For us, being responsible means doing all the things you’d expect from an ethical business.
Our customers know they can trust us to protect their privacy and data. And our people know that at every step along the supply chain, and in everything we do, they can trust us to look after them, and the environment.
We never forget to listen to each other and to experts outside our business, either. We think it’s these fresh perspectives that help us learn, grow and prepare for the future. They’re why we created our Better Future Forums.
These forums help us bring global experts together to explore and share the latest thinking on some of society’s biggest challenges. Two of our recent forums were Making Waves and Net Positive Mindsets:
In July 2014 we, our partner GlobeScan, and hundreds of experts from around the world, including Jeff Sachs from The Earth Institute, Dame Ellen MacArthur, and Unilever’s Keith Weed joined forces. Together, we explored two big questions: how can digital connectivity speed up our journey towards a sustainable consumer society? And how can we use digital data to improve society and the environment?
We looked into:
To see what we found, download our full report: ‘Making waves: The rising tide of data for social good’ (2.6Mb, PDF)
Dame Ellen MacArthur also joined us in July 2013, along with Accenture’s Peter Lacy, Save the Children’s Jasmine Whitbread and hundreds of other sustainability experts.
The question this time was how can businesses make a ‘net positive’ contribution to the environment?
To tackle it, we investigated themes including:
The next day we summed up our first findings as a highlights report and video. And we shared our next steps. Those steps will help us work with other organisations to develop principles and approaches to ‘net positive’ that we can grow in the future.
We’ve also written a full report, which includes details of all our discussions and findings on three key insights:
Download the full report: Net Positive Mindsets (2.75Mb, PDF)
This is about more than simply doing what the law says. It’s about being responsible.
Attitudes to business vary around the world. We know there’s not a single ‘right way’ to do things. That’s why we run an ethics programme to help our people understand and appreciate cultural differences. So wherever we are, we always work with respect and integrity.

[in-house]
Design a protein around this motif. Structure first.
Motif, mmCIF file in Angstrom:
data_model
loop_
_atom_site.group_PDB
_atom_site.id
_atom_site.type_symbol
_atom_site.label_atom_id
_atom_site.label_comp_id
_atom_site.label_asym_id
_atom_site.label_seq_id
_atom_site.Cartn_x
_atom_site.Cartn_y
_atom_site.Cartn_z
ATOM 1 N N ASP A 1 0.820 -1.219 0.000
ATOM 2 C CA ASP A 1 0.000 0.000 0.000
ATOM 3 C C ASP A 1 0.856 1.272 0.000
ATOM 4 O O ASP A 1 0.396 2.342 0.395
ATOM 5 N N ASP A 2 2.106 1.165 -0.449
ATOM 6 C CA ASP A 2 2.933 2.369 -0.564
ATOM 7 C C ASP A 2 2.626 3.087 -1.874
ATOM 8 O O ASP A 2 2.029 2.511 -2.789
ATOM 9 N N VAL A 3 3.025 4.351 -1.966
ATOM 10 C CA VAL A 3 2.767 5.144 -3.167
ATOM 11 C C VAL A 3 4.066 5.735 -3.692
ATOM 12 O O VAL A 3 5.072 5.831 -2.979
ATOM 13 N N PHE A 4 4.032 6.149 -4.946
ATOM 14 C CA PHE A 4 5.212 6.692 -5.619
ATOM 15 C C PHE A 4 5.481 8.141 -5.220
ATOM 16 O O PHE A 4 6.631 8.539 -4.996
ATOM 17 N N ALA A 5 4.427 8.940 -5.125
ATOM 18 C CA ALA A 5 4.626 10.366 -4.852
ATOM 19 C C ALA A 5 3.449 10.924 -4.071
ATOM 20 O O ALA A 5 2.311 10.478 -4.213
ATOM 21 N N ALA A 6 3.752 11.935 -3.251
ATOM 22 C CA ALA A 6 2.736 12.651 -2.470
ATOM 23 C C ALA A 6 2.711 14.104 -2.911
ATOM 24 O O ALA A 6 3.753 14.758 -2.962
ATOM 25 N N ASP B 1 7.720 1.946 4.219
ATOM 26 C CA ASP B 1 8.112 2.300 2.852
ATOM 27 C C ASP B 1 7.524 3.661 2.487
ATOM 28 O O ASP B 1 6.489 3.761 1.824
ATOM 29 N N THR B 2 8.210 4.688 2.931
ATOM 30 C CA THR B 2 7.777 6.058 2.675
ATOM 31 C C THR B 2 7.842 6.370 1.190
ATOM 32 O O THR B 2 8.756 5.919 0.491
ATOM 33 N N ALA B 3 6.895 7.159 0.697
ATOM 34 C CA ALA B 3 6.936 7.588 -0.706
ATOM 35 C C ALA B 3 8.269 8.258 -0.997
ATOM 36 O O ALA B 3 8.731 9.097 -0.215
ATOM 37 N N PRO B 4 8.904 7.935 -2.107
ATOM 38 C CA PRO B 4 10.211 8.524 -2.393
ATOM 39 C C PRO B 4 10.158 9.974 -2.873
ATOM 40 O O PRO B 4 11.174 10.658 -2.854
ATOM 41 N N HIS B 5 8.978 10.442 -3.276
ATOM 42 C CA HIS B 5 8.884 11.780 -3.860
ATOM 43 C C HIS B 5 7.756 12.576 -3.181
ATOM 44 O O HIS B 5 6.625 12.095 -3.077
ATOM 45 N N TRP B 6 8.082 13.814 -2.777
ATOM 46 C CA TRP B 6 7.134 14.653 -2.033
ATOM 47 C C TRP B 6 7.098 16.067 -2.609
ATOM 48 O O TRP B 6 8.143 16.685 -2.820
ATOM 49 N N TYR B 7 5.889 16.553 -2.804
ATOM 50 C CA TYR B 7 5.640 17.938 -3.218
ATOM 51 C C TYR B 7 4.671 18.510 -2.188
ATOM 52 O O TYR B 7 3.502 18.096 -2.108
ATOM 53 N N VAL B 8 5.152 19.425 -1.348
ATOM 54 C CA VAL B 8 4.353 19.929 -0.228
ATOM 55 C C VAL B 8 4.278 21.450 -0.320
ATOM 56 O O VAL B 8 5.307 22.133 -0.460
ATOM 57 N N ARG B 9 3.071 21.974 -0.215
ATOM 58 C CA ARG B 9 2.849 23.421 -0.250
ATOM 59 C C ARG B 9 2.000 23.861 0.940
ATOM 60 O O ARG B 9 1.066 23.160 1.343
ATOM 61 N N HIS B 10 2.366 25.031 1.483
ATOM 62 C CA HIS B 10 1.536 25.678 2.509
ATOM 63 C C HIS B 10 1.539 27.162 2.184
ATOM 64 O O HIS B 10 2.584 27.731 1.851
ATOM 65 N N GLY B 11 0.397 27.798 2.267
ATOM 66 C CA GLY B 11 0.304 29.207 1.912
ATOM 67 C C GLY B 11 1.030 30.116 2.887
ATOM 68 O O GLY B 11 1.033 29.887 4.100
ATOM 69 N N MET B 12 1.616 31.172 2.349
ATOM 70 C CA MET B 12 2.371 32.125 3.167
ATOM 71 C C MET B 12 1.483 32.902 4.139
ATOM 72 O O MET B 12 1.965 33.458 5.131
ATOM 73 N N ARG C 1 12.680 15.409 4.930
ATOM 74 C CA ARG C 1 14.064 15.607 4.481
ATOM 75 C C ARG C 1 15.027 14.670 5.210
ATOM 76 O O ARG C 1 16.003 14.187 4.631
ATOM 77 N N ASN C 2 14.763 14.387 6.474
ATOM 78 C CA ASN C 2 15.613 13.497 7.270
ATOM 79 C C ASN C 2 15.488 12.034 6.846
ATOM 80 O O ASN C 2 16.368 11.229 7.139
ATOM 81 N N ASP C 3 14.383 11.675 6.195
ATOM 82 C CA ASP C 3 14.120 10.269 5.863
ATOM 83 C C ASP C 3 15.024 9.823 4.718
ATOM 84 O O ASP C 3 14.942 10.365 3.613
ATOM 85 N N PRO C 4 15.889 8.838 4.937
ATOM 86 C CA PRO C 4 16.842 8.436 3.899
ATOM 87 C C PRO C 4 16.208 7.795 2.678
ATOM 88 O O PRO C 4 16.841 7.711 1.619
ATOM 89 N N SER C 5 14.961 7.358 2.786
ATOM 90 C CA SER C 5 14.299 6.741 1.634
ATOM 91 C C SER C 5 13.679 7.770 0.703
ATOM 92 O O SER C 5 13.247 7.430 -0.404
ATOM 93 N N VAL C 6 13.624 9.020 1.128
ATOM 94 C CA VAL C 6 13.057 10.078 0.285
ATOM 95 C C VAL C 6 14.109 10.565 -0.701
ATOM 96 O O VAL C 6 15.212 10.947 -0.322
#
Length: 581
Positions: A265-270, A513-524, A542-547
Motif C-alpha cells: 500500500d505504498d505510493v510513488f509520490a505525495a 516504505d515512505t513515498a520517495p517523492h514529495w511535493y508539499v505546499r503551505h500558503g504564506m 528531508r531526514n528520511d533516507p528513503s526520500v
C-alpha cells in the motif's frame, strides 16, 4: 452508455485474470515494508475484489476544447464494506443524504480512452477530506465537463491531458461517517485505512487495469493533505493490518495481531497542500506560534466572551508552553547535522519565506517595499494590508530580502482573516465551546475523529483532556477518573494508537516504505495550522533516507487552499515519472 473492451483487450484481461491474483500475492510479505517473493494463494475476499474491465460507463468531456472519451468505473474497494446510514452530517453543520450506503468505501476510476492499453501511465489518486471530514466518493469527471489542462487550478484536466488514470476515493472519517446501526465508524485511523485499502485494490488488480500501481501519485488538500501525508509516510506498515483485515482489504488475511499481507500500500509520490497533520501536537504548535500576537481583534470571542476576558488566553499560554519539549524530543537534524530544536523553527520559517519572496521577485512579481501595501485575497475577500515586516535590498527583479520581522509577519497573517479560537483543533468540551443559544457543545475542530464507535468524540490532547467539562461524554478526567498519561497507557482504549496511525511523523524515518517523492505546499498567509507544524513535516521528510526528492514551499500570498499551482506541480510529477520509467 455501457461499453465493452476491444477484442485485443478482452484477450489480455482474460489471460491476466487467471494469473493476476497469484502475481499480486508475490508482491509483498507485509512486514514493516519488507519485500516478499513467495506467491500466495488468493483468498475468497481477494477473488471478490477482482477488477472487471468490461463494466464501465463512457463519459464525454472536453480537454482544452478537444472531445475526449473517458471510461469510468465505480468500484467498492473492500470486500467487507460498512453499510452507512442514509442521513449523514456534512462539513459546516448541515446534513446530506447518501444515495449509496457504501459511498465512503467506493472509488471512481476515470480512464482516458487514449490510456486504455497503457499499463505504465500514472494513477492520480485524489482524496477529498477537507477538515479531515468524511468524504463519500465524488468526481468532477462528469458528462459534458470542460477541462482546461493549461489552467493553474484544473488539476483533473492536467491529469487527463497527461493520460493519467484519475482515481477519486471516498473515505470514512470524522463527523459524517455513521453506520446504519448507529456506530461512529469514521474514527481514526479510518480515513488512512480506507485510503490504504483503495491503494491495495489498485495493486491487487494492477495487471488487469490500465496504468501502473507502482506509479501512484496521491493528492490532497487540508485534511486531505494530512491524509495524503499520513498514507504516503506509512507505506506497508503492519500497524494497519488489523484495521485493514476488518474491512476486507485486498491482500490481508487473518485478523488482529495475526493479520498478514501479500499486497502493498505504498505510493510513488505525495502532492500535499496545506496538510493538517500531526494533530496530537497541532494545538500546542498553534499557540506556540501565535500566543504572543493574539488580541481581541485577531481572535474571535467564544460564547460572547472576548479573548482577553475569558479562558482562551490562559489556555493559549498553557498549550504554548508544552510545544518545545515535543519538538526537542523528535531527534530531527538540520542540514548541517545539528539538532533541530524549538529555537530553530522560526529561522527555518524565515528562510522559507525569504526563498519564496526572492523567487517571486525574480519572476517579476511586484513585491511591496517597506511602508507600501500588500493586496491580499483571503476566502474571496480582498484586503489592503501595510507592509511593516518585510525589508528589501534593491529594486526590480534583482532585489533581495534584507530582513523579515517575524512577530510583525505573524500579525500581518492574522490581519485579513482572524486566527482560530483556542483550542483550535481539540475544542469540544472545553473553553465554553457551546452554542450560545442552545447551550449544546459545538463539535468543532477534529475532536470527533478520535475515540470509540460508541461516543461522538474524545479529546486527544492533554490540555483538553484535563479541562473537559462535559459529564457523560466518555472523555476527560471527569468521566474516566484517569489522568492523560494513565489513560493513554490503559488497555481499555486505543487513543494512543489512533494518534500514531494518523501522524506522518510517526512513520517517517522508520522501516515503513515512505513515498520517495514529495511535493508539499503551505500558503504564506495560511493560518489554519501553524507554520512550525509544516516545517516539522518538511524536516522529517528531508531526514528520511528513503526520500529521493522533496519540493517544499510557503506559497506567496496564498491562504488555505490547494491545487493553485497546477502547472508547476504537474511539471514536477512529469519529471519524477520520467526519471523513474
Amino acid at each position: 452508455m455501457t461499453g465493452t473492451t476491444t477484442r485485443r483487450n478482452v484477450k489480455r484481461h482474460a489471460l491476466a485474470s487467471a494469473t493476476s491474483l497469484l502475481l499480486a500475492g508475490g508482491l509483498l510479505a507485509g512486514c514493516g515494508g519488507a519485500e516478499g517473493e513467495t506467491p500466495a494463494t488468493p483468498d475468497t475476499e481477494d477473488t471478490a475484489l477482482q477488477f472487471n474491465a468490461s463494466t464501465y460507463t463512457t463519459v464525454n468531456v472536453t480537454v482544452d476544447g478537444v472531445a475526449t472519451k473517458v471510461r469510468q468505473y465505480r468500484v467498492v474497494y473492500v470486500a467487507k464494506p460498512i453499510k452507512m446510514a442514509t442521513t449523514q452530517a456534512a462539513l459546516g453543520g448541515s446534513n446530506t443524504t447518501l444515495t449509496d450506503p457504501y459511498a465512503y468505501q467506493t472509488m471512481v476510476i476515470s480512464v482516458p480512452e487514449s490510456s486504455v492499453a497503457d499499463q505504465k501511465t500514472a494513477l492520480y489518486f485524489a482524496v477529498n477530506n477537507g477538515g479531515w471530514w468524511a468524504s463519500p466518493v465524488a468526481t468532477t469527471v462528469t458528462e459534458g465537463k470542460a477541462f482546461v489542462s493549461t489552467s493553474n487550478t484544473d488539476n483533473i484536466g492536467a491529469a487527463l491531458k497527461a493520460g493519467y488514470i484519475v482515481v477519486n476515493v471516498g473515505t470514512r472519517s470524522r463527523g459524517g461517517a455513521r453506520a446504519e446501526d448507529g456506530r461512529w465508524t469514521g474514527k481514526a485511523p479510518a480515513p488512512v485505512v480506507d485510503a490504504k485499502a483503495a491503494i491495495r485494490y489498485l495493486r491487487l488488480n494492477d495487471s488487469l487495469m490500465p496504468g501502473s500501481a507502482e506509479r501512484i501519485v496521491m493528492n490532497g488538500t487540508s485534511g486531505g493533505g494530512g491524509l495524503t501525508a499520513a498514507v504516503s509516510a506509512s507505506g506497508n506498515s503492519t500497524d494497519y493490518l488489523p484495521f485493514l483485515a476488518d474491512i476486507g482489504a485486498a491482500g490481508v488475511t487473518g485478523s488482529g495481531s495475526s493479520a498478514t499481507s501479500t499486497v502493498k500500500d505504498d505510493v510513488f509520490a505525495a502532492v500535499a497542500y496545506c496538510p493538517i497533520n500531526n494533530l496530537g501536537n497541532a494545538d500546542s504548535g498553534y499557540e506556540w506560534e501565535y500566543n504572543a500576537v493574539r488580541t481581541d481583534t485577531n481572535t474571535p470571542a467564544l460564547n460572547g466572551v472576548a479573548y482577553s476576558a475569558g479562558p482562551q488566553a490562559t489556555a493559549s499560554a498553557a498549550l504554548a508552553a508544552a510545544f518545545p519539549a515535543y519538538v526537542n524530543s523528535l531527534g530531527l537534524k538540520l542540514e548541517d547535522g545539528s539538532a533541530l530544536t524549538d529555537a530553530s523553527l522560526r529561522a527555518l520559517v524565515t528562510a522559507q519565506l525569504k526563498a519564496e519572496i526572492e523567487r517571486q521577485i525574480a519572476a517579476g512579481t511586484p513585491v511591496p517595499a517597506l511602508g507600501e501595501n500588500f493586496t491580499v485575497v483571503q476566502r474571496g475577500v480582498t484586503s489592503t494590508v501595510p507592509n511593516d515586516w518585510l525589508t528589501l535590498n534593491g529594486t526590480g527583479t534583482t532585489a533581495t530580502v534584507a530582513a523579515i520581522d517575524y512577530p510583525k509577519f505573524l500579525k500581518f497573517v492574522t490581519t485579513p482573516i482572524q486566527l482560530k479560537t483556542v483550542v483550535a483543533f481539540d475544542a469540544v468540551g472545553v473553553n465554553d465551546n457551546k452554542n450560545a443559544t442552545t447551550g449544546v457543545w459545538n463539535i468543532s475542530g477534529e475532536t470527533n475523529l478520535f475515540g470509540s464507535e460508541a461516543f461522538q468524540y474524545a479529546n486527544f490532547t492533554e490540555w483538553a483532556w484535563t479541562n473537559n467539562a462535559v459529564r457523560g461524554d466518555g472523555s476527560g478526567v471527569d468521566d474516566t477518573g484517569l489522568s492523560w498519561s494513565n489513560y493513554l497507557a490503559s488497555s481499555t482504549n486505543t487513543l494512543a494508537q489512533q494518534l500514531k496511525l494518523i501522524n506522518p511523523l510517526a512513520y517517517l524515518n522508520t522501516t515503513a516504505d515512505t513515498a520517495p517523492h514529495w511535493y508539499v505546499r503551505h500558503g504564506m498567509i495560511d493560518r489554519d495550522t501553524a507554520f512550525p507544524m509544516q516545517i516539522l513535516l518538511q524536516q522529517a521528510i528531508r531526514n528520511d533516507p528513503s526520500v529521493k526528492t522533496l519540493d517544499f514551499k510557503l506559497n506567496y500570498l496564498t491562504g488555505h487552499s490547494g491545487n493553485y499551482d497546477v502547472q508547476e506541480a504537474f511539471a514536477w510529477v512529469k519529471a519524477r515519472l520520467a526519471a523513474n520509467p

Our statement of business practice, The Way We Work, is available in several languages and guides all our people around the world on how to behave in different situations they might encounter. We all sign up to it, and we train everyone to be aware of their ethical responsibilities. Senior directors and finance people also sign an extra code of ethics.
And we have policies for specific ethical issues, including:
If any of our people are worried about an ethical issue, we have a confidential hotline they can call. It’s run independently and it’s available in 67 countries and 21 languages, serving 98% of our people. They can also file a report online.
Our respect for human rights comes through in everything we do. We look after our people at every step along the supply chain. We keep our customers’ and each other’s data private and secure. And we make sure people use our products and services in the right way.
We were one of the first companies to sign up to the United Nations Global Compact, a set of 10 principles in human rights, labour, the environment and anti-corruption. And in our statement of business practice, The Way We Work, we use the principles of the United Nations Universal Declaration of Human Rights and International Labour Organisation (ILO) Conventions.
We support the United Nations ‘Protect, Respect, Remedy’ policy framework on business and human rights, and the Guiding Principles that go with it. These help companies make sure they’re correctly respecting human rights. And we talk to lots of experts to explore how we can best put the Guiding Principles into practice. For example, we contributed to the European Commission’s ICT sector guide and we spoke on a panel at RightsCon in March 2014.
We also use our skills and technologies to help more people claim their human rights – for example, a more connected society can improve everyone’s access to education, employment, health and wellbeing.